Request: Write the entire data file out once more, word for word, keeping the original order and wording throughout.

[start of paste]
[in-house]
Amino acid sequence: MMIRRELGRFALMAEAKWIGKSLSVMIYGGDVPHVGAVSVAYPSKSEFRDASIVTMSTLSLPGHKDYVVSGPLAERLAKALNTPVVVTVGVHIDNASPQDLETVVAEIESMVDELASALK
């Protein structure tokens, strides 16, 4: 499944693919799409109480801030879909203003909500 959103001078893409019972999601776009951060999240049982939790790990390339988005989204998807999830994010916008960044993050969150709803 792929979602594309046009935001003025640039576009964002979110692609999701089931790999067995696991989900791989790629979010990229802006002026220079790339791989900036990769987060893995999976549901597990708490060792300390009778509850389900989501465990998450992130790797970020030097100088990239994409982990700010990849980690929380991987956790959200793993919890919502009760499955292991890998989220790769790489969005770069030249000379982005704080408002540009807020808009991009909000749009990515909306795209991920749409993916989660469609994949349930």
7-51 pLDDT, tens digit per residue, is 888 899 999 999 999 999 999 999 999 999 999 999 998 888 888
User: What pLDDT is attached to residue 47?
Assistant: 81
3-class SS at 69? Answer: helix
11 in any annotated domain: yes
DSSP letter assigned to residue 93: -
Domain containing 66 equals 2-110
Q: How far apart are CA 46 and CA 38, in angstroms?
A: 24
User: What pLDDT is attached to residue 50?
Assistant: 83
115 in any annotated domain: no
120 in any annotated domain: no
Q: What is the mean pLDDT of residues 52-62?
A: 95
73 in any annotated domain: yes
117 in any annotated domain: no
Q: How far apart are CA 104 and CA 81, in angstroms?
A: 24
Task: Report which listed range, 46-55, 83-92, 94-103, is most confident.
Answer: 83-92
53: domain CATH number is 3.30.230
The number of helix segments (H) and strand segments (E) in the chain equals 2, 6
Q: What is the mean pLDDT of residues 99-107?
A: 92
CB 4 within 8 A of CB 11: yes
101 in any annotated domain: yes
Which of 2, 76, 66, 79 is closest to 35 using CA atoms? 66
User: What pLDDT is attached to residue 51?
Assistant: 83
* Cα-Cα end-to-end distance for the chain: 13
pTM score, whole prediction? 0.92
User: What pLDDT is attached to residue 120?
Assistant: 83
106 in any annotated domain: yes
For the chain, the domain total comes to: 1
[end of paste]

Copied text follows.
[in-house]
Amino acid sequence: MMIRRELGRFALMAEAKWIGKSLSVMIYGGDVPHVGAVSVAYPSKSEFRDASIVTMSTLSLPGHKDYVVSGPLAERLAKALNTPVVVTVGVHIDNASPQDLETVVAEIESMVDELASALK
């Protein structure tokens, strides 16, 4: 499944693919799409109480801030879909203003909500 959103001078893409019972999601776009951060999240049982939790790990390339988005989204998807999830994010916008960044993050969150709803 792929979602594309046009935001003025640039576009964002979110692609999701089931790999067995696991989900791989790629979010990229802006002026220079790339791989900036990769987060893995999976549901597990708490060792300390009778509850389900989501465990998450992130790797970020030097100088990239994409982990700010990849980690929380991987956790959200793993919890919502009760499955292991890998989220790769790489969005770069030249000379982005704080408002540009807020808009991009909000749009990515909306795209991920749409993916989660469609994949349930």
7-51 pLDDT, tens digit per residue, is 888 899 999 999 999 999 999 999 999 999 999 999 998 888 888
User: What pLDDT is attached to residue 47?
Assistant: 81
3-class SS at 69? Answer: helix
11 in any annotated domain: yes
DSSP letter assigned to residue 93: -
Domain containing 66 equals 2-110
Q: How far apart are CA 46 and CA 38, in angstroms?
A: 24
User: What pLDDT is attached to residue 50?
Assistant: 83
115 in any annotated domain: no
120 in any annotated domain: no
Q: What is the mean pLDDT of residues 52-62?
A: 95
73 in any annotated domain: yes
117 in any annotated domain: no
Q: How far apart are CA 104 and CA 81, in angstroms?
A: 24
Task: Report which listed range, 46-55, 83-92, 94-103, is most confident.
Answer: 83-92
53: domain CATH number is 3.30.230
The number of helix segments (H) and strand segments (E) in the chain equals 2, 6
Q: What is the mean pLDDT of residues 99-107?
A: 92
CB 4 within 8 A of CB 11: yes
101 in any annotated domain: yes
Which of 2, 76, 66, 79 is closest to 35 using CA atoms? 66
User: What pLDDT is attached to residue 51?
Assistant: 83
* Cα-Cα end-to-end distance for the chain: 13
pTM score, whole prediction? 0.92
User: What pLDDT is attached to residue 120?
Assistant: 83
106 in any annotated domain: yes
For the chain, the domain total comes to: 1